Club sorta

Pipers and drummers (mostly pipers) traditionally bemoan the fact that the general public doesn’t listen seriously to what we do. We put so much into our music and performances; we live and breathe pipe music and get frustrated when non-pipers or drummers or who aren’t family or friends (call them “outsiders”) don’t turn up for even our greatest events.

It’s particularly true of piobaireachd and piobaireachd players. Here’s the most sophisticated and hallowed music we have, yet no one else seems to care.

But here’s the thing: when outsiders actually do come to piping, pipe band and, especially, piobaireachd competitions and recitals we tend to think they’re freaks, and treat them with suspicion. It’s plain weird to us that any outsider would be a keen enthusiast of piobaireachd music.

It’s a club that’s by us and for us, and we actually prefer the exclusivity.

Some years back, there was a group of burlap-and-Birkenstock-wearing folkies who’d come out to the games around Ontario. They’d arrive in the early morning, find the Open Piobaireachd contest, and plant themselves in the grass, quietly listening to each player with closed eyes and gently swaying bodies absorbing the music.

I think there were two women and two men. They’d never ask any questions. They didn’t bother anyone. They were visibly happy people. The pipers would murmur among themselves wondering who they were, but I can’t remember anyone actually speaking to or even welcoming them. Looking back, I certainly should have. They dressed like Hippies, but they were seen as freaks because they actually, truly enjoyed piobaireachd – and they were not connected with the scene or the music in any obvious way.

And there was another older gentleman in other years. He had scraggly long hair and wore a tweed flat-cap. He’d also listen to the piobaireachd events, and actually record them on his cassette deck. Since these contests rarely if ever actually informed listeners what was being played, the gent would make a point to ask the name of the piobaireachd you’d played when you’d finished. He too was considered some sort of freak, simply because he loved music that I guess we thought that only players in the club by rights should appreciate.

Those piobaireachd enthusiasts eventually stopped turning up. I hope they’re okay, and I’m sorry that I didn’t make them feel more welcome. Ultimately, it’s our loss.

My friend and one-time band-mate Iain Symington wrote a terrific little hornpipe called “The Piobaireachd Club.” It was named after the group of pipers (me included) in our band who competed in piobaireachd events. Within the band we were seen as elitist, I guess, perceived to shut out other pipers for not knowing about the hiharin-hodorin. We all got along, but the Piobaireachd Club was a running joke within the pipe section.

So, we even ostracize within our own groups, and perhaps we like it that way. We lament the lack of attention from outsiders, but we rarely welcome them into our club.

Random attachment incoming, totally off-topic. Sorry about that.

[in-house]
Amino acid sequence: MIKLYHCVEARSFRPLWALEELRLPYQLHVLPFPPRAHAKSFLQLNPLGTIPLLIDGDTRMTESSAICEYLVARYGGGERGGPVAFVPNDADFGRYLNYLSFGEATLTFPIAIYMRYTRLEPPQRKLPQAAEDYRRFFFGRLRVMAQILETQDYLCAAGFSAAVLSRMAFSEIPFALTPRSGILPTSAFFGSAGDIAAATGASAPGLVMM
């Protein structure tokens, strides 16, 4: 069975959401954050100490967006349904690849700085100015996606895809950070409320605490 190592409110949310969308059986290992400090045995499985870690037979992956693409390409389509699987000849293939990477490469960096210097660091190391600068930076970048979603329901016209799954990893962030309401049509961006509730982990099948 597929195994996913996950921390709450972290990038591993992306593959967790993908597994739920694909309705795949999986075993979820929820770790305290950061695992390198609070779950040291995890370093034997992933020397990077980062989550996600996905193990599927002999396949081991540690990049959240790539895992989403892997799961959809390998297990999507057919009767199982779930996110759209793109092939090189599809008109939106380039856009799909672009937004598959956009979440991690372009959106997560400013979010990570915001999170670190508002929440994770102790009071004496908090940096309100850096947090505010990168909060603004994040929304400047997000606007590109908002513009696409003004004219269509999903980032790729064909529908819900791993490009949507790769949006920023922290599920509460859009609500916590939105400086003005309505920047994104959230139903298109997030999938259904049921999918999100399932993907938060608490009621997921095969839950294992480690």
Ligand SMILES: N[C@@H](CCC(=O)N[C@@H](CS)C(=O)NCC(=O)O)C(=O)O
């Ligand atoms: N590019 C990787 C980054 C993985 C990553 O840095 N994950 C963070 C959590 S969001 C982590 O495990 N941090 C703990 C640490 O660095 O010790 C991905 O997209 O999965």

I suppose excluding people is what defines a club, but if we want it the other way we’d be wise to try to bring in outsiders  – or at least make them feel welcome as guests.

 

One last time

“The pipes will fall in front of the band.” So ordered Queen Victoria way back when, and so it has been ever since.

Except at the march past of the 2016 World Pipe Band Championships when the last band on, my band, the Spirt of Scotland Pipe Band, elected to have the drum section and Lead-Drummer Jim Kilpatrick at the front. By now, many are aware that this happened, but it’s important, for posterity’s sake at least, that the full story of how this came about is told.

Several days before the World’s, Jim Kilpatrick confirmed the speculation that would retire from competition after the World’s. One would assume that the greatest competition pipe band drummer in history – 104 total RSPBA championships, 17 World Pipe Band Drumming Championships, all five championships in a single year, 11 consecutive drumming championship victories and 16 World Solo titles – would have been toasted by the RSPBA in some capacity. But no, not even an acknowledgment or comment to at least mark the occasion.

Petty and personal grievances by a few overshadowed common sense and simply doing the right thing. Years from now, when we’re all dead and gone, Kilpatrick’s incredible legacy and lore will live on. The misunderstandings and possible transgressions of the past will be forgotten, and people will wonder why on earth there wasn’t a ceremony at the 2016 World’s to honour him. A few preternaturally grudgy folks’ ties were in a twist, so they must have had their way with passive aggressive retribution by not even alluding to the occasion, let alone his contributions, on Glasgow Green.

Sad, yes, but I digress.

After several jars in the beer tent after the Grade 1 medley, there was an informal meeting back at the band bus. Pipe-Major Roddy MacLeod and Kilpatrick gave a stirring final speech to the pipers, drummers and invaluable team of volunteers that brought tears to not a few eyes. All manner more of libations were consumed as we eventually trundled towards the march past as the sun was setting on Glasgow Green and Jim’s competition career.

In his canny way, Roddy intentionally hung back so that the band would be the last on. In all likelihood, this could be the last time on any pipe band park for the band and most of its players. We waited at the edge of the grandstand chatting among ourselves while the last of the groups marched past.

The best ideas are often the most obvious ideas and, because they’re so obvious, they often go unsaid. But when they’re mentioned it can be a eureka! moment. It was Iain Speirs who made a passing comment to me while we were waiting around: “We should go on with Jim and the drummers at the front of the band.”